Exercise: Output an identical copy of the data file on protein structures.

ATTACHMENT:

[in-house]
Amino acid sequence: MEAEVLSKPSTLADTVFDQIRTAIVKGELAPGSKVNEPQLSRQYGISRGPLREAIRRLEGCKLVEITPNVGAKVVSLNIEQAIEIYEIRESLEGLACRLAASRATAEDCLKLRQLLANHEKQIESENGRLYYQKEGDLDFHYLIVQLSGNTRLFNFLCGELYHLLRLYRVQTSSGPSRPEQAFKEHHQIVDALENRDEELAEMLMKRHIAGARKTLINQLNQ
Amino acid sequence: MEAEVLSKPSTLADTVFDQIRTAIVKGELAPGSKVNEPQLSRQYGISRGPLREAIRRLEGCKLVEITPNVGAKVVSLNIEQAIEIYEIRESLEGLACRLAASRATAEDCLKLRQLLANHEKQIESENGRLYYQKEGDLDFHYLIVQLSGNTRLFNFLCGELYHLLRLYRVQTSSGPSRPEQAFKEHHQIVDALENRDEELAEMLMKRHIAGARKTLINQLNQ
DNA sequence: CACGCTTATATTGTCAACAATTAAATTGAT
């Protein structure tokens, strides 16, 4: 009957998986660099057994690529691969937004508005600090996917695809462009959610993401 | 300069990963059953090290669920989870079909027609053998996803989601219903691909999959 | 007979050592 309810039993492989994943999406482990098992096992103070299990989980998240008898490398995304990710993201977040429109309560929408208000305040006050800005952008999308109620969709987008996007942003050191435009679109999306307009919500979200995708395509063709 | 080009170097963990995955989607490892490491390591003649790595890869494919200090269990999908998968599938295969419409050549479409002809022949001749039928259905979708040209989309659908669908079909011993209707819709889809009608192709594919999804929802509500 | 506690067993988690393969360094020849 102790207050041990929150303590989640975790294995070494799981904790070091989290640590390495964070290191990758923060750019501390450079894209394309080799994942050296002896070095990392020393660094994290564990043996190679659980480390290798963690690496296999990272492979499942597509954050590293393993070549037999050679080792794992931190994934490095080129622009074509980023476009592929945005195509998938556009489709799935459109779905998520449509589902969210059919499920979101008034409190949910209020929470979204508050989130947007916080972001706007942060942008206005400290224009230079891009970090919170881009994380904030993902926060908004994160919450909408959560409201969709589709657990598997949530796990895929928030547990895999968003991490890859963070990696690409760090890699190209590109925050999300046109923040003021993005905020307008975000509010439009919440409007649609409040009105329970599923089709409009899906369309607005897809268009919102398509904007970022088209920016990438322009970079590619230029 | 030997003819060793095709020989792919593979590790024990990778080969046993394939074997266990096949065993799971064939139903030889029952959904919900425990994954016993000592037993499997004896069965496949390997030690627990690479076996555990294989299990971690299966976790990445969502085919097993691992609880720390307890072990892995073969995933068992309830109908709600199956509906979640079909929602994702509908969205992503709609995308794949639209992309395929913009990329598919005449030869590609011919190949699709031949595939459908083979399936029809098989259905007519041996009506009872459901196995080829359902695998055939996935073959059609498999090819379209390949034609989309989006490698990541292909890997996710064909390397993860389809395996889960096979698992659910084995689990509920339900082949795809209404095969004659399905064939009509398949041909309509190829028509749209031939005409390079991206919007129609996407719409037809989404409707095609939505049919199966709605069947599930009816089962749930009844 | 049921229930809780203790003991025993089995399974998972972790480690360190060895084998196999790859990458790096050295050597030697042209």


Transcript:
[in-house]
Amino acid sequence: MEAEVLSKPSTLADTVFDQIRTAIVKGELAPGSKVNEPQLSRQYGISRGPLREAIRRLEGCKLVEITPNVGAKVVSLNIEQAIEIYEIRESLEGLACRLAASRATAEDCLKLRQLLANHEKQIESENGRLYYQKEGDLDFHYLIVQLSGNTRLFNFLCGELYHLLRLYRVQTSSGPSRPEQAFKEHHQIVDALENRDEELAEMLMKRHIAGARKTLINQLNQ
Amino acid sequence: MEAEVLSKPSTLADTVFDQIRTAIVKGELAPGSKVNEPQLSRQYGISRGPLREAIRRLEGCKLVEITPNVGAKVVSLNIEQAIEIYEIRESLEGLACRLAASRATAEDCLKLRQLLANHEKQIESENGRLYYQKEGDLDFHYLIVQLSGNTRLFNFLCGELYHLLRLYRVQTSSGPSRPEQAFKEHHQIVDALENRDEELAEMLMKRHIAGARKTLINQLNQ
DNA sequence: CACGCTTATATTGTCAACAATTAAATTGAT
């Protein structure tokens, strides 16, 4: 009957998986660099057994690529691969937004508005600090996917695809462009959610993401 | 300069990963059953090290669920989870079909027609053998996803989601219903691909999959 | 007979050592 309810039993492989994943999406482990098992096992103070299990989980998240008898490398995304990710993201977040429109309560929408208000305040006050800005952008999308109620969709987008996007942003050191435009679109999306307009919500979200995708395509063709 | 080009170097963990995955989607490892490491390591003649790595890869494919200090269990999908998968599938295969419409050549479409002809022949001749039928259905979708040209989309659908669908079909011993209707819709889809009608192709594919999804929802509500 | 506690067993988690393969360094020849 102790207050041990929150303590989640975790294995070494799981904790070091989290640590390495964070290191990758923060750019501390450079894209394309080799994942050296002896070095990392020393660094994290564990043996190679659980480390290798963690690496296999990272492979499942597509954050590293393993070549037999050679080792794992931190994934490095080129622009074509980023476009592929945005195509998938556009489709799935459109779905998520449509589902969210059919499920979101008034409190949910209020929470979204508050989130947007916080972001706007942060942008206005400290224009230079891009970090919170881009994380904030993902926060908004994160919450909408959560409201969709589709657990598997949530796990895929928030547990895999968003991490890859963070990696690409760090890699190209590109925050999300046109923040003021993005905020307008975000509010439009919440409007649609409040009105329970599923089709409009899906369309607005897809268009919102398509904007970022088209920016990438322009970079590619230029 | 030997003819060793095709020989792919593979590790024990990778080969046993394939074997266990096949065993799971064939139903030889029952959904919900425990994954016993000592037993499997004896069965496949390997030690627990690479076996555990294989299990971690299966976790990445969502085919097993691992609880720390307890072990892995073969995933068992309830109908709600199956509906979640079909929602994702509908969205992503709609995308794949639209992309395929913009990329598919005449030869590609011919190949699709031949595939459908083979399936029809098989259905007519041996009506009872459901196995080829359902695998055939996935073959059609498999090819379209390949034609989309989006490698990541292909890997996710064909390397993860389809395996889960096979698992659910084995689990509920339900082949795809209404095969004659399905064939009509398949041909309509190829028509749209031939005409390079991206919007129609996407719409037809989404409707095609939505049919199966709605069947599930009816089962749930009844 | 049921229930809780203790003991025993089995399974998972972790480690360190060895084998196999790859990458790096050295050597030697042209």